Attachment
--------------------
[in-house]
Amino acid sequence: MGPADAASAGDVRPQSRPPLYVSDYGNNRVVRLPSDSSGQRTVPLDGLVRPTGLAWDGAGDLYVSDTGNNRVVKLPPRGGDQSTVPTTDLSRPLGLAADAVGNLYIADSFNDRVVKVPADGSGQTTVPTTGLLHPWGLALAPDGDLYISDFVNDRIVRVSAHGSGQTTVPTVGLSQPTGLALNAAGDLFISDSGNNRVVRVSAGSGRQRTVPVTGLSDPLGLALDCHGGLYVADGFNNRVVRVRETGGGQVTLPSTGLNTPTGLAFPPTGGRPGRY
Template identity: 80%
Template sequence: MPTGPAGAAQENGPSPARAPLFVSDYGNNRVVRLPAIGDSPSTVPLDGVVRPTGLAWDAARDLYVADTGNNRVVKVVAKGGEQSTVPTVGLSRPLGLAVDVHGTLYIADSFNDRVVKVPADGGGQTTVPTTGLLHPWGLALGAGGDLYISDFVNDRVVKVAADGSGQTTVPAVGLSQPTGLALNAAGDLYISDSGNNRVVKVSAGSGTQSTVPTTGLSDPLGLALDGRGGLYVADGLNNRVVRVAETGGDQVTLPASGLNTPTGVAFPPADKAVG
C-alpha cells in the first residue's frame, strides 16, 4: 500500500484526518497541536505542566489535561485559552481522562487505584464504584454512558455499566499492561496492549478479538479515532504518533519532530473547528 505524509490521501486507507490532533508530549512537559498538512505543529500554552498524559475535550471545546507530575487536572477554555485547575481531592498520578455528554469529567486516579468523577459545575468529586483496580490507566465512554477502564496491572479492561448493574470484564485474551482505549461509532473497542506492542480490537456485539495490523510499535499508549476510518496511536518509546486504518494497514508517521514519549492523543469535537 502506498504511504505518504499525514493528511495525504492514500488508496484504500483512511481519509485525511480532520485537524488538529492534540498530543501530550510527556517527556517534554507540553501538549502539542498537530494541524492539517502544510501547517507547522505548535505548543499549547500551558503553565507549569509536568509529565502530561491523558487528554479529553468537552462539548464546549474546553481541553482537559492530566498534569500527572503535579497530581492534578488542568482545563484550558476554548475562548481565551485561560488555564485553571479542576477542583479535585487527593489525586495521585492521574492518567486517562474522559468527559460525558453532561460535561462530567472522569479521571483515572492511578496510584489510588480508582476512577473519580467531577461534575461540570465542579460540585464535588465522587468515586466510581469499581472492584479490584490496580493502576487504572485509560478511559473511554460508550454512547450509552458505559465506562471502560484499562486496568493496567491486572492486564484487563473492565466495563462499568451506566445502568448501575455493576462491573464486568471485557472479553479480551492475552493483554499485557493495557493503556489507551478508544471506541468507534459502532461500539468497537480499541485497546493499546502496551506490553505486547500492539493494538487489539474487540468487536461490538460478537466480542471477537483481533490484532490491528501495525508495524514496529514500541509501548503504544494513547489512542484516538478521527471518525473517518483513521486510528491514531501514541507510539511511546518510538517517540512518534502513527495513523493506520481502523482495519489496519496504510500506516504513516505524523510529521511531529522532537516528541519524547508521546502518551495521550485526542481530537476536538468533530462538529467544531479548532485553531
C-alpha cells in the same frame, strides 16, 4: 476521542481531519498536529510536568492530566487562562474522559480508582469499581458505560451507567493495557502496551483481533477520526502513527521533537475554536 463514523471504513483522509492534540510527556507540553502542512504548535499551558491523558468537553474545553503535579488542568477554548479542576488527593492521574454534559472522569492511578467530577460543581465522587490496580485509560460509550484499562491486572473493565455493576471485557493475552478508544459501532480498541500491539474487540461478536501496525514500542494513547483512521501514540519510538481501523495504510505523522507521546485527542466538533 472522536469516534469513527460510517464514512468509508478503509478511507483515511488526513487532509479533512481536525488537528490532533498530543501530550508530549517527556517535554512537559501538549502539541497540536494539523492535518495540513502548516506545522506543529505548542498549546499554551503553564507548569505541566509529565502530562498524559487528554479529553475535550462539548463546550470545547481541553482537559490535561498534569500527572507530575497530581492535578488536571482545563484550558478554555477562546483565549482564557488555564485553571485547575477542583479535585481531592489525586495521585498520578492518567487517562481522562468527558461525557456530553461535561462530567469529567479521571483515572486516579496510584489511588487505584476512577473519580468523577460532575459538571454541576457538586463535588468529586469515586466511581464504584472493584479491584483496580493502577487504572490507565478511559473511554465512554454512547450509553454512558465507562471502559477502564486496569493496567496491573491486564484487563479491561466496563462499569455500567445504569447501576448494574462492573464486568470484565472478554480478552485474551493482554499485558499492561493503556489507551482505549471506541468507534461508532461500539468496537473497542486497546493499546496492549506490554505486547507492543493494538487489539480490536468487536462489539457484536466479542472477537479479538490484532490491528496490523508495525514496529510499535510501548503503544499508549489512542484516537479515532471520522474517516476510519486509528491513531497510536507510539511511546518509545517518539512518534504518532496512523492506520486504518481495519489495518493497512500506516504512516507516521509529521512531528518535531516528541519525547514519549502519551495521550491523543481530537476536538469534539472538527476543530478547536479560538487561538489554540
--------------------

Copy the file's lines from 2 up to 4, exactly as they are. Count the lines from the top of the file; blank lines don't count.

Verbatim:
Amino acid sequence: MGPADAASAGDVRPQSRPPLYVSDYGNNRVVRLPSDSSGQRTVPLDGLVRPTGLAWDGAGDLYVSDTGNNRVVKLPPRGGDQSTVPTTDLSRPLGLAADAVGNLYIADSFNDRVVKVPADGSGQTTVPTTGLLHPWGLALAPDGDLYISDFVNDRIVRVSAHGSGQTTVPTVGLSQPTGLALNAAGDLFISDSGNNRVVRVSAGSGRQRTVPVTGLSDPLGLALDCHGGLYVADGFNNRVVRVRETGGGQVTLPSTGLNTPTGLAFPPTGGRPGRY
Template identity: 80%
Template sequence: MPTGPAGAAQENGPSPARAPLFVSDYGNNRVVRLPAIGDSPSTVPLDGVVRPTGLAWDAARDLYVADTGNNRVVKVVAKGGEQSTVPTVGLSRPLGLAVDVHGTLYIADSFNDRVVKVPADGGGQTTVPTTGLLHPWGLALGAGGDLYISDFVNDRVVKVAADGSGQTTVPAVGLSQPTGLALNAAGDLYISDSGNNRVVKVSAGSGTQSTVPTTGLSDPLGLALDGRGGLYVADGLNNRVVRVAETGGDQVTLPASGLNTPTGVAFPPADKAVG